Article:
by Curtis D. Tucker
How We Create A Cartoon Logo Tutorial
Have you ever wanted to know exactly how a professional cartoon logo is created? Read this detailed article and find out how we create our top quality logo designs.
The first step in creating a top notch design is to research your subject. I search the Internet, books
and many other sources looking for design inspiration, facts, pictures and reference material on my project. Once I have
gathered all of my inspiration I try to visualize how I want the character to look. I begin sketcingh with nothing more than a mechanical pencil (7mm
lead) on everyday copy paper. I draw, erase and redraw many times
on each part of the design. The sketched hand to the right shows the rough lines as I erase
and redraw the hand multiple times.
place a small light box on top of my drawing table and normally draw on the
light box. This allows me to see through the eraser marks and also gives me the opportunity to use two pieces of paper which I can overlay on each other and move body parts exactly where I want them without having to redraw several times. An example would be drawing the tongue on a second piece of paper and placing it under my original drawing. Once the tongue is in the position I am happy with I can trace it onto the top piece of paper.
I loosely sketch each part of the character beginning with the head.
I darken my lines by retracing over them several times as I become
satisfied with the image. The full pencil sketch to the right is the rough
for thiscartoon cow design. I normally have erased most of the darker guide lines so that I have a design that is as clean as possible.
I then scan the pencil drawing using a simple home canner/printer.
I scan as a 300 dpi. TIFF on color photo mode. Once scanned, I open the TIFF file in Adobe Photoshop. I quickly change the color mode from color CMYK to greyscale so that I get soft edges on my lines. If you save it as a B&W bitmal you will end up with very jagged edges.
This is where I begin to clean up the design. I erase and thickenmy lines to get the design exactly
as I want it. I try to eliminate any rough edges or jagged points. When finished the design looks exactly
like it has been inked, only I now have lines with very few flaws in them. I then save this B&W TIFF again at 300 dpi. It looks like the third drawing down.
The next step is to convert my pixel TIFF to a vector art image. I
use Adobe Illustrator to accomplish this step. Open a new page in AI and PLACE the TIFF onto the page. With the image highlighted click the Auto Trace button with the setting of Comic Art. The image is then ready to be vectored. Click Expand and the image will instantly become a wired outline called a vector. The file should then be saved as an AI or EPS file.
The new file looks like the
TIFF but now has very smooth lines that can be manipulated with the pointer tools. I ungroup the image and move any nodes, using the pointer
tool, that do not look correct. Each white section of the vector image can be
clicked on and color can be added with the click of a mouse.
I can also make any changes to the design that I needto at this stage.
Notice that I changed the flowers on the cow during this stage. I
also added a thicker outline around the cow to make it stand out more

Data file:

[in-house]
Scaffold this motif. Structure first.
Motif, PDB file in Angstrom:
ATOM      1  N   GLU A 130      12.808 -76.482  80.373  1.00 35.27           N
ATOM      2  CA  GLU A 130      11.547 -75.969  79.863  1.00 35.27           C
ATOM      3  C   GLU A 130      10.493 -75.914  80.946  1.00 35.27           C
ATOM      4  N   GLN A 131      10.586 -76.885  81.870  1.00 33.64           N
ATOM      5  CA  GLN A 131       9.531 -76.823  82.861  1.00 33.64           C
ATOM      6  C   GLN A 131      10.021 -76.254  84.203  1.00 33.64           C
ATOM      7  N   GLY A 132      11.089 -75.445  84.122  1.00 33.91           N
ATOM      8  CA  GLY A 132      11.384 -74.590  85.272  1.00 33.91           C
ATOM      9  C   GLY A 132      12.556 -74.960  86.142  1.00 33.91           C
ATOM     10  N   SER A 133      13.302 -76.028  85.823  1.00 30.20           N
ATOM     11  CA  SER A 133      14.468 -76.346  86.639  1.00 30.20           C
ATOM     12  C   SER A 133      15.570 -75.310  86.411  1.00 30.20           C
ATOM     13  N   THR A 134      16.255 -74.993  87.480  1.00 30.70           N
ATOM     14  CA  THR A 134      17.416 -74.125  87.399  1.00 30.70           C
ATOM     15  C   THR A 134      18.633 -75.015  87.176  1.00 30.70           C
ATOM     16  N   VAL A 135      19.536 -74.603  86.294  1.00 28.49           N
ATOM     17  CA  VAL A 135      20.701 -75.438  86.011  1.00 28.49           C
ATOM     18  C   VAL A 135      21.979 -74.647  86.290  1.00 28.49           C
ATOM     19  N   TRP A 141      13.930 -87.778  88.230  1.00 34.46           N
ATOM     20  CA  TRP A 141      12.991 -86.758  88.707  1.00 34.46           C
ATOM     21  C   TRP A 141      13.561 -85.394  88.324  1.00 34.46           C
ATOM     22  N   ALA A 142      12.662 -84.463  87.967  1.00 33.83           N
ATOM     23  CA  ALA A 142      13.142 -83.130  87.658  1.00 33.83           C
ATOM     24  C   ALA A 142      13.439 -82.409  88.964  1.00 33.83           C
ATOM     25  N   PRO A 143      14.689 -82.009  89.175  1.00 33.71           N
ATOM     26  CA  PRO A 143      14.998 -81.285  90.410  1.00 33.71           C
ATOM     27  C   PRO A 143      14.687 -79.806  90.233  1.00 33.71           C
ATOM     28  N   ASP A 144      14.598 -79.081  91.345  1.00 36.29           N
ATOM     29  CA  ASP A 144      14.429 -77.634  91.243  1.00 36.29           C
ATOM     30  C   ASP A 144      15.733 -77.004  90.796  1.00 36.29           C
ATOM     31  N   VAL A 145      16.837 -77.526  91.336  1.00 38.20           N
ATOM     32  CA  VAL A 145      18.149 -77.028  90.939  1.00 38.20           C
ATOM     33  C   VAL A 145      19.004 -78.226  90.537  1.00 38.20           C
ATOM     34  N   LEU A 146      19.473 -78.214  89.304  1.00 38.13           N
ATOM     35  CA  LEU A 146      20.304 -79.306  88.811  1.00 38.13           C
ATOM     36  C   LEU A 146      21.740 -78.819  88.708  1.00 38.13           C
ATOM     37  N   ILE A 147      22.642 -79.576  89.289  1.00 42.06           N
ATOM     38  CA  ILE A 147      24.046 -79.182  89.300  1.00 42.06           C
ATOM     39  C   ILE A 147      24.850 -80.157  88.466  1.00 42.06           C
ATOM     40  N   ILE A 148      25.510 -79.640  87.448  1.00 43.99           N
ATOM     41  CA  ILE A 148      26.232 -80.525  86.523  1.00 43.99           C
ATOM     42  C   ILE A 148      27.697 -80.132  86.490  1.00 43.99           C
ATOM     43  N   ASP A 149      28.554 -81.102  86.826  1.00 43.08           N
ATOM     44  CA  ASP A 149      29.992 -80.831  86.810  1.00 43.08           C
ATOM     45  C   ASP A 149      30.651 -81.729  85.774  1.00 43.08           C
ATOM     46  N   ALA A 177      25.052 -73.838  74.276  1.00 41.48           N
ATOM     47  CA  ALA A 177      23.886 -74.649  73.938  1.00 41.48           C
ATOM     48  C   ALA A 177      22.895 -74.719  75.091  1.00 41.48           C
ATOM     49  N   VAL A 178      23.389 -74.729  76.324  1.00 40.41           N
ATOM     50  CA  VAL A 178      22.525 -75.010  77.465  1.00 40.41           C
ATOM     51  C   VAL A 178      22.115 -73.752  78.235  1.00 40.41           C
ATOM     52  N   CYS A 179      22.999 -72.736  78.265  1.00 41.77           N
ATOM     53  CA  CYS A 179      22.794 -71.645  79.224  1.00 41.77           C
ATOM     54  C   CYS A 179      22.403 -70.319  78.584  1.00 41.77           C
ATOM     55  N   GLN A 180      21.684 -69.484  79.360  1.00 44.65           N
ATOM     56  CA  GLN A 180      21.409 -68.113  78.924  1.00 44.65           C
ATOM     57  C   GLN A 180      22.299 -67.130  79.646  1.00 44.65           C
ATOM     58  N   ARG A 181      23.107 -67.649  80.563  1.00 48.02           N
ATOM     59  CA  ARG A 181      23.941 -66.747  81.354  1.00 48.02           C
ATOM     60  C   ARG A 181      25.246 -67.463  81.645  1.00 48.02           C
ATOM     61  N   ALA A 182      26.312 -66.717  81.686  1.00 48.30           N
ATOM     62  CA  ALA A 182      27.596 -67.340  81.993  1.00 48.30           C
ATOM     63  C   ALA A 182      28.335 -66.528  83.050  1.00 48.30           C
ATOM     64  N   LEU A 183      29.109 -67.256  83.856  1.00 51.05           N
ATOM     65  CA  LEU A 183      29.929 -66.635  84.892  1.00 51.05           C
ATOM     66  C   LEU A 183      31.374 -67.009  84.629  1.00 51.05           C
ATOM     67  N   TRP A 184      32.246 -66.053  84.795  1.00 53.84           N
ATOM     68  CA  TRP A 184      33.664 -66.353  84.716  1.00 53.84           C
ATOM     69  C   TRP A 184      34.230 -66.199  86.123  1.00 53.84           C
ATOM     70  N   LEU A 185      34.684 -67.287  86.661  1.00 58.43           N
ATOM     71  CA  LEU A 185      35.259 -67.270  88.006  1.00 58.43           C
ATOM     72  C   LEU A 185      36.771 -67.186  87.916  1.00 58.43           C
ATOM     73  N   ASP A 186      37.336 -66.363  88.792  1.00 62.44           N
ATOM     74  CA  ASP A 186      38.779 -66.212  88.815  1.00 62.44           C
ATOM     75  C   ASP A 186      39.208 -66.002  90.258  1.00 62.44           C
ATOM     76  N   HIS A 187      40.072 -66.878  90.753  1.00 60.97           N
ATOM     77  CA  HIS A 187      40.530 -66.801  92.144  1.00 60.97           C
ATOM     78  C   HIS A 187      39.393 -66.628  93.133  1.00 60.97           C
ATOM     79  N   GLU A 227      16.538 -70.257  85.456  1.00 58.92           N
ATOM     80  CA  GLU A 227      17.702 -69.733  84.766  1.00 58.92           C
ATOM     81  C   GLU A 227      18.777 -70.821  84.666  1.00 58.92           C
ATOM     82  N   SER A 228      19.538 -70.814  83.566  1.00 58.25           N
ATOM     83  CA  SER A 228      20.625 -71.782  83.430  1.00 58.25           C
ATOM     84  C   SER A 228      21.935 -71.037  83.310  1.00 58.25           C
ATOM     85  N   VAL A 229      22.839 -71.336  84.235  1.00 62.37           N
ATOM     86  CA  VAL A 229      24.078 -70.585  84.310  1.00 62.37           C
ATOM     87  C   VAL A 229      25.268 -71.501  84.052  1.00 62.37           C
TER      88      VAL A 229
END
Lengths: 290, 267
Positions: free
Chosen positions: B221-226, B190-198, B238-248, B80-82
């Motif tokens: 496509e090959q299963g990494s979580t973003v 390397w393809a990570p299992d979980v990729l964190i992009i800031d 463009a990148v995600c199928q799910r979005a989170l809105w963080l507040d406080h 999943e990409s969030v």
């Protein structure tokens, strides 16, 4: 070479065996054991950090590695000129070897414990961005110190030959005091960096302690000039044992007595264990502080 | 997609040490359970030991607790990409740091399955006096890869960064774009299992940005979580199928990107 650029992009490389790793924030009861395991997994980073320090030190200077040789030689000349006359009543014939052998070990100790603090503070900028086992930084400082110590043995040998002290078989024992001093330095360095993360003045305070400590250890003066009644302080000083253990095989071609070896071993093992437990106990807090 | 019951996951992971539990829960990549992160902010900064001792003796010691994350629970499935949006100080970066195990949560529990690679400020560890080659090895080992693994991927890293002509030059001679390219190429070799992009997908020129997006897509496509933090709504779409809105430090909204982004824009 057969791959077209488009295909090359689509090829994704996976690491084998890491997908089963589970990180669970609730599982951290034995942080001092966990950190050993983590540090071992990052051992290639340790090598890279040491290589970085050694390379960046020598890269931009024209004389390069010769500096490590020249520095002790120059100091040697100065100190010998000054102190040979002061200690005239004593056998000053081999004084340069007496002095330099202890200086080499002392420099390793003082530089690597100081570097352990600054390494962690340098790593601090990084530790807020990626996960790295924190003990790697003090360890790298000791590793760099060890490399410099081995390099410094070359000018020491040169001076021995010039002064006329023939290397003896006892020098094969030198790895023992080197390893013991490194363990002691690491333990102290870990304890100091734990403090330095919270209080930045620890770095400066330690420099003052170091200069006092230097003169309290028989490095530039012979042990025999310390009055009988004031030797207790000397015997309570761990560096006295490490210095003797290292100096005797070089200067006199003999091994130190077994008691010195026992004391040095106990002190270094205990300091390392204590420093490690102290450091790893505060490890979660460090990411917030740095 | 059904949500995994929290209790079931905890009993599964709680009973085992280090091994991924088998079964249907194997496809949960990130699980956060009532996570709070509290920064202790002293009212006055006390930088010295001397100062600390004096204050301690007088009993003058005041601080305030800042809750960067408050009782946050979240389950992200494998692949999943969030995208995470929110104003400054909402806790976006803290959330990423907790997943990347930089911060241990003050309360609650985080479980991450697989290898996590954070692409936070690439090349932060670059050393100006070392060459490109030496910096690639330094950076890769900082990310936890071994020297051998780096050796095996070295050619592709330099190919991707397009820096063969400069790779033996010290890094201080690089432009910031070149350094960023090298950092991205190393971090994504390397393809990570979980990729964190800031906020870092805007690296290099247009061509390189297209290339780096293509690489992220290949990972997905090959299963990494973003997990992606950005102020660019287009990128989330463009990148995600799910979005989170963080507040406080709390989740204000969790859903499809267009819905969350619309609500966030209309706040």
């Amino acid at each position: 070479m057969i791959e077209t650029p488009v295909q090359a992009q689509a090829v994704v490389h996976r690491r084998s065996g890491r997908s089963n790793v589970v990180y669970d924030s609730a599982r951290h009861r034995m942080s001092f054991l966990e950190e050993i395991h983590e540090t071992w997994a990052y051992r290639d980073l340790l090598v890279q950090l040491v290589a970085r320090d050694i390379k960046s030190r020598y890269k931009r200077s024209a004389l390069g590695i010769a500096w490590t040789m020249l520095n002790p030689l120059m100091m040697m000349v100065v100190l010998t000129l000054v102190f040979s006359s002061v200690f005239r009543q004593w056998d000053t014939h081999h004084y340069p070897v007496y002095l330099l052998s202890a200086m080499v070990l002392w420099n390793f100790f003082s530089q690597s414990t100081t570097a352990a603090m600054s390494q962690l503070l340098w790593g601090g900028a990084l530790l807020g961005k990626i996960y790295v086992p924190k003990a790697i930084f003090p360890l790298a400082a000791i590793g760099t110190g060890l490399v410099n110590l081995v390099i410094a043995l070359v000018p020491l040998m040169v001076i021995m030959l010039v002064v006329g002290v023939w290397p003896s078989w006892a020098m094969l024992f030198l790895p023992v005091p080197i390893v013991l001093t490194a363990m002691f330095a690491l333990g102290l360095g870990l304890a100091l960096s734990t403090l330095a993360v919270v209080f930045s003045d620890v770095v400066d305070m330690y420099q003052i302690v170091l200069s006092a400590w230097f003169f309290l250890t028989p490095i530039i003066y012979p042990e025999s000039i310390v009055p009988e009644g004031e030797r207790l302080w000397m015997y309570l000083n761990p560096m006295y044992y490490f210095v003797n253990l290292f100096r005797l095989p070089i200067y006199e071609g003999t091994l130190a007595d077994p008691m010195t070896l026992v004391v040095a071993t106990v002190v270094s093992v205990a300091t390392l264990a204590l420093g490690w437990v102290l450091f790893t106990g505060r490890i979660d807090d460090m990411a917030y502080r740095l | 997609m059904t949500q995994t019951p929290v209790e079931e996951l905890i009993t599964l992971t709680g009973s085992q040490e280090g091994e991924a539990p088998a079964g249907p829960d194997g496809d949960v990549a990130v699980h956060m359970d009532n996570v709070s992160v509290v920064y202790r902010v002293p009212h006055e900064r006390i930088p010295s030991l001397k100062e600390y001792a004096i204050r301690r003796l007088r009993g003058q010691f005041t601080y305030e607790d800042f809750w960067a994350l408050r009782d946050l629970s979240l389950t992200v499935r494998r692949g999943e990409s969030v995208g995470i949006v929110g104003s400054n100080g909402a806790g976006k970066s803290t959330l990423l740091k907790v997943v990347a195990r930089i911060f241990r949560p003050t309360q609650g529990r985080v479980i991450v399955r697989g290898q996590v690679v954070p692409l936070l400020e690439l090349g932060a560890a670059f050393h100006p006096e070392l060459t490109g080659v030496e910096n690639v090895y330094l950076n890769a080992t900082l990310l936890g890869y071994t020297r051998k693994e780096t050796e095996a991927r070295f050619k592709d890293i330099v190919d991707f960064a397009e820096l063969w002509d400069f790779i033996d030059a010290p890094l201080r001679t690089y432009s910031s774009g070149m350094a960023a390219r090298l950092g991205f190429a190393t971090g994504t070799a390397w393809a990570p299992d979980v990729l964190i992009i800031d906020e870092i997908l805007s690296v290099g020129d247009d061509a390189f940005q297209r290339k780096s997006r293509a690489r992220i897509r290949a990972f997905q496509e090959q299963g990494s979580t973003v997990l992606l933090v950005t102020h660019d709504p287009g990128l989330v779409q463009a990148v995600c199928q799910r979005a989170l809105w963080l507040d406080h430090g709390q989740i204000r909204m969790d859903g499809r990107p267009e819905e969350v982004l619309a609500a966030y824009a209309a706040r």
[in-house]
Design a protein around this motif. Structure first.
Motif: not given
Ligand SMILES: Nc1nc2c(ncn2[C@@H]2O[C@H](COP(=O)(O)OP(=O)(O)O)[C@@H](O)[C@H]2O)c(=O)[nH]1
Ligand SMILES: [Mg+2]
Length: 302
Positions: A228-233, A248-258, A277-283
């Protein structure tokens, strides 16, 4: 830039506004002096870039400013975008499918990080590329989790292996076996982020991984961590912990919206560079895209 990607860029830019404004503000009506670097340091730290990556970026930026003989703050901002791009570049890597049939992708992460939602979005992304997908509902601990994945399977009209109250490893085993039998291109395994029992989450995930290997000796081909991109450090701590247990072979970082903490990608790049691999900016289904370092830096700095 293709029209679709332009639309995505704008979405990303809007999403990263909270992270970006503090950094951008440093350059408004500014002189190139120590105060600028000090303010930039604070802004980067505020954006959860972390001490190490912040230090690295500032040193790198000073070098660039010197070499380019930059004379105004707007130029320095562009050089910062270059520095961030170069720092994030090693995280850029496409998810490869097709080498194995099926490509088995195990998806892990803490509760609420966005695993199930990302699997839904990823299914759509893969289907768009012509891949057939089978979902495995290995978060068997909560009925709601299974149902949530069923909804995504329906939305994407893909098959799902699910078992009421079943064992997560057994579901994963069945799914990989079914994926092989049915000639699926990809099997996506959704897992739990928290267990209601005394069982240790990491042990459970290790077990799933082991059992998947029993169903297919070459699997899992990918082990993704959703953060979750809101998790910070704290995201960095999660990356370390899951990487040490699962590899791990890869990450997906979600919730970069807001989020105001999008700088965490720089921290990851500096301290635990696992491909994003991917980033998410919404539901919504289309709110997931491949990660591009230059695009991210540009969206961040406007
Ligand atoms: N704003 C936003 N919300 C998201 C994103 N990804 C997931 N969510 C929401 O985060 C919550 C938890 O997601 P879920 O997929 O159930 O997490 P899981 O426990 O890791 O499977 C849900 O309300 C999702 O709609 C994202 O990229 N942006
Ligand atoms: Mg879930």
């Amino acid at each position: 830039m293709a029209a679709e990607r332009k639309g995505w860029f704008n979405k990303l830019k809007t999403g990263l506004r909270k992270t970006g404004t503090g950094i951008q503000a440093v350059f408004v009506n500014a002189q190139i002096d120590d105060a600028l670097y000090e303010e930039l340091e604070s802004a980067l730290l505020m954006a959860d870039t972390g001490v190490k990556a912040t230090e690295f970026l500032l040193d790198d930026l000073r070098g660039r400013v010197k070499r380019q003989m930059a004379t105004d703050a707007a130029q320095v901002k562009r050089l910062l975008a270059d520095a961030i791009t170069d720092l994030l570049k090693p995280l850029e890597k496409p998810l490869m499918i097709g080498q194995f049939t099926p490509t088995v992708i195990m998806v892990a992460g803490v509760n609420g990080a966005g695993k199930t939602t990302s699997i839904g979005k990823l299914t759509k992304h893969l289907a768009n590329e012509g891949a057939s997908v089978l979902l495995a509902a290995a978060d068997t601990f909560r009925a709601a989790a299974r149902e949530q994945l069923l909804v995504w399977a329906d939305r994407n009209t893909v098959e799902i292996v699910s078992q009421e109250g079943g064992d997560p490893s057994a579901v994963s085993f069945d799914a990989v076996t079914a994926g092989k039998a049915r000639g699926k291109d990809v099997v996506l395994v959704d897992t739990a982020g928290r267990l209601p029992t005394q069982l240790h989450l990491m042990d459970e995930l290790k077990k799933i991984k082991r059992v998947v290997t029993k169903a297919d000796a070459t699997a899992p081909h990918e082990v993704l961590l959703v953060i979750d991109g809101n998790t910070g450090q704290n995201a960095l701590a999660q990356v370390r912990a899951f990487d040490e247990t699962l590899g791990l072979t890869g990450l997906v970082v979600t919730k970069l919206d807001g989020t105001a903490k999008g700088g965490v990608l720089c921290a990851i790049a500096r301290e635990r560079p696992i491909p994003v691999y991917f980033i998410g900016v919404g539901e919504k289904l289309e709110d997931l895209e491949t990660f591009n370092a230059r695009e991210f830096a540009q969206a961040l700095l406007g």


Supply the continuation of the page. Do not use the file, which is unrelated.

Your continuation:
and repositioned the tail slightly. These changes can be seen on the first color image.
Once the cartoon is created and colored I am ready to begin
the process of creating the lettering and any background that might
be needed. I scroll through hundreds of fonts picking any that I feel
might work for the current project. I then take the handful of fonts and create
the logotype using each font face. I throw out any that I don't t like.
I look for fun, cartoony and unique lettering.
When I have a typestyle
that I really like I normally try to change the font in a way to make
it unique to that client.This can be done once the font is converted to Outlines. I may stretch a letter, curve the words
or combine two different fonts.
If a background is needed I create it in Illustrator. I use circles,
squares, fades and other effects until I have one I am happy with.
The image to the right is a bogus cartoon logo design I created for
a t-shirt company. I used a circle with cow spots for the background
and used two different fonts. The top font was curved using the Fit
Text to Path tool in Illustrator.
The last step I perform is to save the completed design as an EPS
file. I convert the text to curves to avoid any font conflicts with
possible printers. I then actually reopen the design in Illustrator
and make any last minute color modifications and might add a little shading
to the design. Once completely done, I can save the design as
Illustrator and EPS vector files.
I open the vector EPS file,highlight it and export it as a transparent PNG file. I also Save As a PDF file. At this stage I have a vector AI, EPS and PDF file plus a PNG file. I then quickly open Photoshop, find the EPS file and it as a TIFF and JPEG pixel file. If needed I can also create a low resolution GIF file using Save for Web.
Read why you need a cartoon logo.
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Closeup of the sketch. Rough pencil marks and plenty of erasing.
The completed cartoon pencil sketch. Cleaned up lines and eraser marks.
The black and white high resolution TIFF. Created in Photoshop this step would have been the inking stage in the past.
The completed cartoon image including color and modifications. This would be the vector file.
The addition of a background, lettering and other elements makes this a professional cartoon logo design.